Wednesday 21 January 2009
Keep the rain at bay with this impressive stand by Nick Arnull
1.The finished umbrella stand (PHOTOGRAPHS BY JANE ARNULL)
An interesting commission recently came into my workshop for an umbrella stand, a project that had never been on my list of ideas to make. Some research was required so I went to my usual source, the Internet, to look for traditional design ideas.
Unfortunately, all I could find were numerous bin-type designs so I had to create the design from scratch. This took some time but the appearance I wanted to achieve was to be something similar to a classical column.
I had no idea how large this project would be as I rarely make furniture. I predicted four spindles, four bun feet, a base and a top ring…that can't be too hard! I chose to use sapele for this project and was going to stain it. Once sanded, the grain would be raised using water and allowed to dry naturally then re-sanded to 240 grit.
The stand here is my final design which could grace any traditional hallway and of course, hopefully meet the customer's commission.
Glossary Rollover a term to view its definition
- Bowl Gouge
A cutting tool with a deep flute and a heavy cross-section. These are normally made from round bars and the flute is milled out. The round bar fits into the handle thus giving the tool a great deal of strength to enable it to overhang the toolrest a long way in order to hollow out deep bowls. Its primary function is for faceplate - or bowl turning - but it can also be used in spindle work. The bevel angle is ground to suit the user but is anything between 40 degrees and 80 degrees. Traditionally, bowl gouges are ground straight across, but many turners prefer to grind the wings back. There are many terms for a swept back bowl gouge - fingernail grind, O'Donnell grind, Irish grind, Ellsworth grind, lady's finger - to name a few. There may be subtle differences in these grinds, but generically they are all bowl gouge grinds where the wings have been ground back.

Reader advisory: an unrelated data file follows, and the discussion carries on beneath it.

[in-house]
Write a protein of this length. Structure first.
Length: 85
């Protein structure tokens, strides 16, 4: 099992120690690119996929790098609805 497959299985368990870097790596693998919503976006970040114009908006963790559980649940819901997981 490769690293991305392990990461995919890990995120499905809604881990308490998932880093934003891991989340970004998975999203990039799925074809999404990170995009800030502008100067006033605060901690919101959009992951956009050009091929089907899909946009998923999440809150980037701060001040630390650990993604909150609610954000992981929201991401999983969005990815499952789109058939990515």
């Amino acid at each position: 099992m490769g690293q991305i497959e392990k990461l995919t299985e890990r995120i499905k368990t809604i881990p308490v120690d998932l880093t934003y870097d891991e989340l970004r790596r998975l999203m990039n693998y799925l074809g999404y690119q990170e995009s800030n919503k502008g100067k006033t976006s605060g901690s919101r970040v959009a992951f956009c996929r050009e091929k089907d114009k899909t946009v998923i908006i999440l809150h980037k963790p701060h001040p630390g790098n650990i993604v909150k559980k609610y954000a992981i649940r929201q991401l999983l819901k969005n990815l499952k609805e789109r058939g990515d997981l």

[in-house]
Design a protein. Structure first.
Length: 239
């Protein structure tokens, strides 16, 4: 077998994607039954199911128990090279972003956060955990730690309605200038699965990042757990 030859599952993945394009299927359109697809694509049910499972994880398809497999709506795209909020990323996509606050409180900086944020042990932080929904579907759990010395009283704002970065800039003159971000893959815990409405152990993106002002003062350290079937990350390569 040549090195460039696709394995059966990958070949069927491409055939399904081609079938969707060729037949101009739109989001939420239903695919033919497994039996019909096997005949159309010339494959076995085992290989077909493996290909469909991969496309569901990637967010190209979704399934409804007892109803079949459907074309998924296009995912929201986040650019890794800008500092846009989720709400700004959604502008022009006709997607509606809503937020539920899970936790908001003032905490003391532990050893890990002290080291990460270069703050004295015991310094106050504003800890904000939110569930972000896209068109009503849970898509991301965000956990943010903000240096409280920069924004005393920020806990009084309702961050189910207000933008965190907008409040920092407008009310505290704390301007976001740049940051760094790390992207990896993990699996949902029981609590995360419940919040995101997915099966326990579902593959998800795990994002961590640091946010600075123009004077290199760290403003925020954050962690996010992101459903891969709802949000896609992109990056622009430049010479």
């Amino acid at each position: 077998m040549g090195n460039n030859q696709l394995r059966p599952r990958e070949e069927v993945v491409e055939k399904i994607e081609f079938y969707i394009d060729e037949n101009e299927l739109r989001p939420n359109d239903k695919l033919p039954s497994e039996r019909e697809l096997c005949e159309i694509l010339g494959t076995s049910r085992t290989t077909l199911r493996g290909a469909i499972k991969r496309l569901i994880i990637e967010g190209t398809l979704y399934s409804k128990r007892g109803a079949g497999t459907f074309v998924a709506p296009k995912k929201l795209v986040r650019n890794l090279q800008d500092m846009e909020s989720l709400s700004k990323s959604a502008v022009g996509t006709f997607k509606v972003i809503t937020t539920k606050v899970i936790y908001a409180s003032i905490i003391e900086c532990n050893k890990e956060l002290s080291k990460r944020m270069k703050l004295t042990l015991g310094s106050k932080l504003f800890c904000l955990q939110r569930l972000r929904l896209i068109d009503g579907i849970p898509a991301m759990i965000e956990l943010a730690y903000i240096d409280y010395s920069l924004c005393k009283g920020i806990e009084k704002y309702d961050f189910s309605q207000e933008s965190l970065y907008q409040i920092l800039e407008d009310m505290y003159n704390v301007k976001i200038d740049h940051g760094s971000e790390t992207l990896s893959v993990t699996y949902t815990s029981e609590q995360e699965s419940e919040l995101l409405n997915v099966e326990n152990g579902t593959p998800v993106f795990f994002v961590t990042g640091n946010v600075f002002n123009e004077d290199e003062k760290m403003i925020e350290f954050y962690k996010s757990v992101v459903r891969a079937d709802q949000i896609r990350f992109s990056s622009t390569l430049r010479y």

- Parting Tool
As the picture shows, there are several different types of parting tool - three of which are shown here. On the left is a narrow (3mm) parting tool which is very useful when parting work where the least amount of grain mismatch is desirable, for example when parting the lid from the base in box making. The middle tool is a straight sided, standard parting tool and the one on the right is a diamond parting tool where the widest part of the tool is at the cutting edge. This can be advantageous when cutting deep grooves because it means less of the tool is rubbing on the sides of the groove. Parting tools primary task is to part wood off in spindle work but they are also used to cut tenons or spigots and grooves. They can also be used to cut beads.
- Spindle Gouge
Modern day spindle gouges are made in the same way as bowl gouges - from a round bar of M2 high speed steel with the flute milled out. The flute is shallower and more open than that of a bowl gouge. Traditionally spindles gouges were forged from a flat, rectangular sectioned bar and some manufacturers have started making a modern day version of this, commonly known as the Continental Style spindle gouge.
Like their name suggests, spindle gouges are used to cut details such as beads, coves and fillets on spindle work.
- Drill Press
For accurate perpendicular drilling the drill press cannot be bettered. The speeds can usually be changed via a belt change in the top case of the machine. Drill bits including very large diameter cutters such as forstner bits which may not have a 'centre' can be fitted in the chuck, these days there are keyless versions as well as the traditional keyed version. An adjustable drill table which can move up and down is used to place the workpiece under the drill for machining. There is always a depth stop feature so the depth of drilled holes can be set precisely.
- Reverse Chucking
The process of turning a part finished bowl or hollow form around and re-gripping it to allow access to the other end. This is often done in order to turn away the chucking spigot or recess and to finish off the piece. This can be achieved in several ways
Spindles x 4 - 40mm (1 5/8in) x 660mm (26in)
The base x 1 - 320mm (12 5/8in) x 80mm (3 1/8in)
The top ring x 1 - 310mm (12 1/4in) x 55mm (2 1/4in)
Bun feet x 2 (two feet from each length) - 100mm (4in) x 50mm (2in)
- Be warned: the wood must be sound or injury will occur. It is also advisable to run the lathe a little slower as heat is generated as the wood goes round
- When turning the spindles, make full hand contact with the wood only when round. This adds support to the rear of the piece as spindles could bounce and not allow the cut to be made cleanly
Diagrams Click an image to enlarge